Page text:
By Nathen Amin
We live in a curious age in which the term ‘fake news’ has become part of our everyday language. For those of us interested in studying the past, we have perhaps long been aware of the idea of ‘fake history’. Whereas many incorrect ideas, myths and legends of the past rarely received attention, the rise of the internet, and social media in particular, has unfortunately blown the doors wide open, and many instances of ‘fake history’ are increasingly gaining traction amongst groups of like-minded individuals unwilling to entertain factual-based arguments which contradict their inflexible opinions. These individuals, and they are rife on the periphery of the study of any period of history, may not be able to tell you how or why they stand by a misguided view, but they will ardently hold on to their belief in the face of overwhelming evidence to the contrary.
Unsurprisingly, Henry VII is but one subject who has come under fire in recent years due to the rise of social media, with academic study of several centuries of standing casually abandoned, or even ignored, and new ‘facts’ established on little sound basis. There is a degree of irony to this, as it is Henry’s predecessor Richard III whose reputation has suffered from many half-truths in the past. It seems as one legend about Richard is dispelled, another about Henry receives new attention.
I do wish to address two common, animal-related, ‘facts’ however, that I often witness online being raised to cast Henry VII in a negative light. They are the mischievous monkey he supposedly, and the dogs he apparently ordered ruthlessly hanged. What is the evidence that either of these events occurred?
First, the monkey. The story goes that King Henry had a pet monkey that he couldn’t control, and one day the infuriated monarch discovered the monkey had ripped his beloved accounts to shreds. Now, such an incident occurring isn’t completely unfathomable, for monkeys were known to be present in the later Tudor court. Due to their rarity, owning a monkey was considered a high-status symbol, and one prominent Tudor personality who probably owned one was Katherine of Aragon, who was painted with one in the 1520s. In the famous painting of Henry VIII family painted around 1545, the king’s fool, probably Will Somers, is shown in the background with a monkey perched on his shoulder. According to an early twentieth century account of the history of Magdalen College, Oxford, meanwhile, Henry VII’s own son Prince Arthur was supposedly shown some marmosets whilst vising the college’s lodgings, which greatly amused the child. The source for this, however, is not given, which is not necessarily to deny it happened, of course.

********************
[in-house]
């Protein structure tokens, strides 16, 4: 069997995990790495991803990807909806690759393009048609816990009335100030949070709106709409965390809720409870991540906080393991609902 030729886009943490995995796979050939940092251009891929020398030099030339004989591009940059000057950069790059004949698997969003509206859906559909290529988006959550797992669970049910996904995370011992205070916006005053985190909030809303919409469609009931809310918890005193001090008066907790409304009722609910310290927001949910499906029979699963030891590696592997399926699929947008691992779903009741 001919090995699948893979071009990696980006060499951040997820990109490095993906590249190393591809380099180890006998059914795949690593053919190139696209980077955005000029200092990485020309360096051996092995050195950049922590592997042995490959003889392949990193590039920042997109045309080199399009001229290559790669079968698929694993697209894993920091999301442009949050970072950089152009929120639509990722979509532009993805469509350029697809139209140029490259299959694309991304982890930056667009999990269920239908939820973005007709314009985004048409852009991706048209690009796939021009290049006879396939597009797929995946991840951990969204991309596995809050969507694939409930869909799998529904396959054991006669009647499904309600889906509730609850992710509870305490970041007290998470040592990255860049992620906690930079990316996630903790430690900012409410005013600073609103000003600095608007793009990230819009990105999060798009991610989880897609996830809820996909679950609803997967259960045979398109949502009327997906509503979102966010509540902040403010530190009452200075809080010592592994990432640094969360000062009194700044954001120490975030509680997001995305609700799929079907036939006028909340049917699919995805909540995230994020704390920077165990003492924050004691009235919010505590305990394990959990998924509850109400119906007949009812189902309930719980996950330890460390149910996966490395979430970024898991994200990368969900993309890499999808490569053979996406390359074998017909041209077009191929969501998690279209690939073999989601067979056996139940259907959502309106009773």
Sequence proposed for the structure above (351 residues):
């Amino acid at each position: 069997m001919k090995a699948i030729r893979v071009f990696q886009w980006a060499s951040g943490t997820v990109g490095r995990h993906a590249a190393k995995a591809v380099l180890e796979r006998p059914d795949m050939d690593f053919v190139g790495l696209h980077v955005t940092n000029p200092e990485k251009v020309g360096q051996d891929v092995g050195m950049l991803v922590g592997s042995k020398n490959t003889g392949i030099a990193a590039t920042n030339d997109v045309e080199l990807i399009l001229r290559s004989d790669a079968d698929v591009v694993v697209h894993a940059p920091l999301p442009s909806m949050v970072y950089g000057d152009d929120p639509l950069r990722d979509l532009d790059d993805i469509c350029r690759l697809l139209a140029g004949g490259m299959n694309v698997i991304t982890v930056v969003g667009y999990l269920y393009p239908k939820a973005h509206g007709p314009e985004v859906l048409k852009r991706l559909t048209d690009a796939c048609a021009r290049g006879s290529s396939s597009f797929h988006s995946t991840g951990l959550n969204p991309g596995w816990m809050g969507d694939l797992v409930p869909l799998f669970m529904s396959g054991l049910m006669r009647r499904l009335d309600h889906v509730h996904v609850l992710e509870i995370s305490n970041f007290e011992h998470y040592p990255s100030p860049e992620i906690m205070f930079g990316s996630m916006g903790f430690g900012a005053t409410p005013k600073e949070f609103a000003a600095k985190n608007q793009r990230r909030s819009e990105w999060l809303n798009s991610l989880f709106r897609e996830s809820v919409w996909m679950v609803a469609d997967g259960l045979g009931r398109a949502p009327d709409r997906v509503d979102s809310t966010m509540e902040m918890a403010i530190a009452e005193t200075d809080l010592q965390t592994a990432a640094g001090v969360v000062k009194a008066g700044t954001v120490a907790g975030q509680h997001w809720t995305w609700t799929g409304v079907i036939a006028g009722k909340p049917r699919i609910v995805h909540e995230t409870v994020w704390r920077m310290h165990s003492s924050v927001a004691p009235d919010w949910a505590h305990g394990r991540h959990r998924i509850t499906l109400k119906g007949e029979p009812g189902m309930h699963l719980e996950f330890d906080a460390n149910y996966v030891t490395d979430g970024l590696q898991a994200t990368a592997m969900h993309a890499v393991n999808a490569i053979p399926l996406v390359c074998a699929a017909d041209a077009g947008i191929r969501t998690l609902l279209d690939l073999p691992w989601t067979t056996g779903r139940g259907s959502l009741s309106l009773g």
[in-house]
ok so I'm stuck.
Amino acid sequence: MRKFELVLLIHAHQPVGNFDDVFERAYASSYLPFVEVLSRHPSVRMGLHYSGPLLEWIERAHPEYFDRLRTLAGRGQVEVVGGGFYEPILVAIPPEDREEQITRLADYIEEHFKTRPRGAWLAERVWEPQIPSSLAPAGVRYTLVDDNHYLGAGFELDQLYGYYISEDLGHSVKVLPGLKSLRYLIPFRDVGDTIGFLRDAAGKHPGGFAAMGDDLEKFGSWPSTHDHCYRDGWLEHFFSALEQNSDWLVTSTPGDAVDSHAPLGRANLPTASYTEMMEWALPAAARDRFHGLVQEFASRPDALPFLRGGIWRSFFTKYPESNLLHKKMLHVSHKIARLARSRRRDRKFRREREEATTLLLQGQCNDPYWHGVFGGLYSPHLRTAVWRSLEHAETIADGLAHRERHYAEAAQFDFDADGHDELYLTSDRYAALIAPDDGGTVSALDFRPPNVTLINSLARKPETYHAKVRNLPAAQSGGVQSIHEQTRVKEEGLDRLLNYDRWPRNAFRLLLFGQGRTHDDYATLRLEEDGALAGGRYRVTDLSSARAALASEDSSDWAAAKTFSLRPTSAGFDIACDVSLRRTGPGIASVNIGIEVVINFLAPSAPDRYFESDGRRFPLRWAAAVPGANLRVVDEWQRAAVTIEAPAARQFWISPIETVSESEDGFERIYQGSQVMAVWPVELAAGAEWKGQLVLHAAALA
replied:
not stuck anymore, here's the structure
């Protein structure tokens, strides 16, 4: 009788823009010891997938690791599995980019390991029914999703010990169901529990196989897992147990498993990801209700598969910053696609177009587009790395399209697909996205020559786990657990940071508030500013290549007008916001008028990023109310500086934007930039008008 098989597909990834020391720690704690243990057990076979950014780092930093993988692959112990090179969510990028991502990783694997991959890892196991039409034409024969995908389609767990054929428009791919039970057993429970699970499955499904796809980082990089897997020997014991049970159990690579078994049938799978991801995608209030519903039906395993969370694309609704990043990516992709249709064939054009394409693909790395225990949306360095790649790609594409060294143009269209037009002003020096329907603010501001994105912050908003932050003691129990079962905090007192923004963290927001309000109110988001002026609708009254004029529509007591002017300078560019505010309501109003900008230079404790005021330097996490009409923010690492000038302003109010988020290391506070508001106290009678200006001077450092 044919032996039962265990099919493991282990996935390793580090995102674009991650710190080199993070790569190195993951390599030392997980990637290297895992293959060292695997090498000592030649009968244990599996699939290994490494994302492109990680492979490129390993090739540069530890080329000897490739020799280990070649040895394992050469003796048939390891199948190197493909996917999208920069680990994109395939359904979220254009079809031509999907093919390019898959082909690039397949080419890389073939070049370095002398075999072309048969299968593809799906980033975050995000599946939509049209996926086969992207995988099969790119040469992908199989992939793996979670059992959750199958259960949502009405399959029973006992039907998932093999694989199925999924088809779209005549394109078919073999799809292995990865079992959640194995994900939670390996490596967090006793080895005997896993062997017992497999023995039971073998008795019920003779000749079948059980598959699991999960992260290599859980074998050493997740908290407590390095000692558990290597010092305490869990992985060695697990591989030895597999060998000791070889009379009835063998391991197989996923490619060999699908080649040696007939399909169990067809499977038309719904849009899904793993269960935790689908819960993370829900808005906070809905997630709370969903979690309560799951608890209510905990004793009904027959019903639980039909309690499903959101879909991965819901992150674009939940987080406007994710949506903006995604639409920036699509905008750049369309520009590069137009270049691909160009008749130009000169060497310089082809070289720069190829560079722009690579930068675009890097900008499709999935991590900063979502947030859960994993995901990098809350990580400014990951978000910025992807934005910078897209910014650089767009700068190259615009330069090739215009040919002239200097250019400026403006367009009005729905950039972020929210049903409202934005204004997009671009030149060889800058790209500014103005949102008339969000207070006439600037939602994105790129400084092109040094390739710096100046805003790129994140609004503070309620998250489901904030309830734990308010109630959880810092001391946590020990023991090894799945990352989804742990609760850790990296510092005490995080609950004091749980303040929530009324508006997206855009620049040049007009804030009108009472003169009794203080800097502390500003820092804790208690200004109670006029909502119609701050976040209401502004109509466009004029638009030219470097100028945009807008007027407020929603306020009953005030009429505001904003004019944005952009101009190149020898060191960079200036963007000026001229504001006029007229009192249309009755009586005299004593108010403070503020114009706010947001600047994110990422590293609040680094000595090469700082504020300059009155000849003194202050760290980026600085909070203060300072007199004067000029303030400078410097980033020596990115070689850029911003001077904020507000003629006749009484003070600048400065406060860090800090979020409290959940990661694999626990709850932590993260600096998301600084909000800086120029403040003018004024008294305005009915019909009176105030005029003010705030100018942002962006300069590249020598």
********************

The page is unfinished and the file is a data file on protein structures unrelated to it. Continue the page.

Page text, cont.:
And yet, there is no known contemporary reference to Henry VII owning a monkey, much less keeping one in close proximity as a pet. Needless to say, there are consequently no known records of a monkey running riot in the king’s chamber and tearing up his work. Vergil, Andre, Hall, Fabyan or any other early Tudor chronicler fail to make mention of the king’s pet. So, where does this story stem from?
The answer appears to be the pen of Francis Bacon and his seminal work The History of the Reign of King Henry VII, an autobiographical account completed in 1622, almost 113 years after the death of its subject. Francis Bacon was a lawyer, ambassador, philosopher and member of parliament during the reign of Elizabeth I, who rose high in favour during her successor James I’s reign, becoming Lord Keeper in 1617 and Lord Chancellor in 1618. In 1621 Bacon was made Viscount St Albans, although he fell out of favour that year when accused of bribery. He was fined, imprisoned and banished from London, at which point he focused on his writing during his enforced absence from court. Between June and October 1621, using only the sources available to him from his own library, Bacon composed The Reign of Henry VII, which he hoped would return him to royal favour.
Bacon’s work is a masterpiece, arguably the first genuine attempt at an autobiography where the author has attempted to analyse the motivations and character of his subject. His Reign of Henry VII isn’t merely a list of dates and events, but a wider discussion of why Henry acted as he did, looking at what precisely drove his decisions. Despite being one of the first of its kind, however, Bacon’s work is not perfect, and is similar in respect to work produced in the modern day – some of the author’s deductions appear wide of the mark, or merely the opinion of but one man. Some are embellished, without source. It’s narrative history, which if written in 2018 rather than 1622, would be read with a sceptical eye. One such topic is the aforementioned monkey tale. Bacon states that the king kept a journal of his innermost thoughts, going on to say: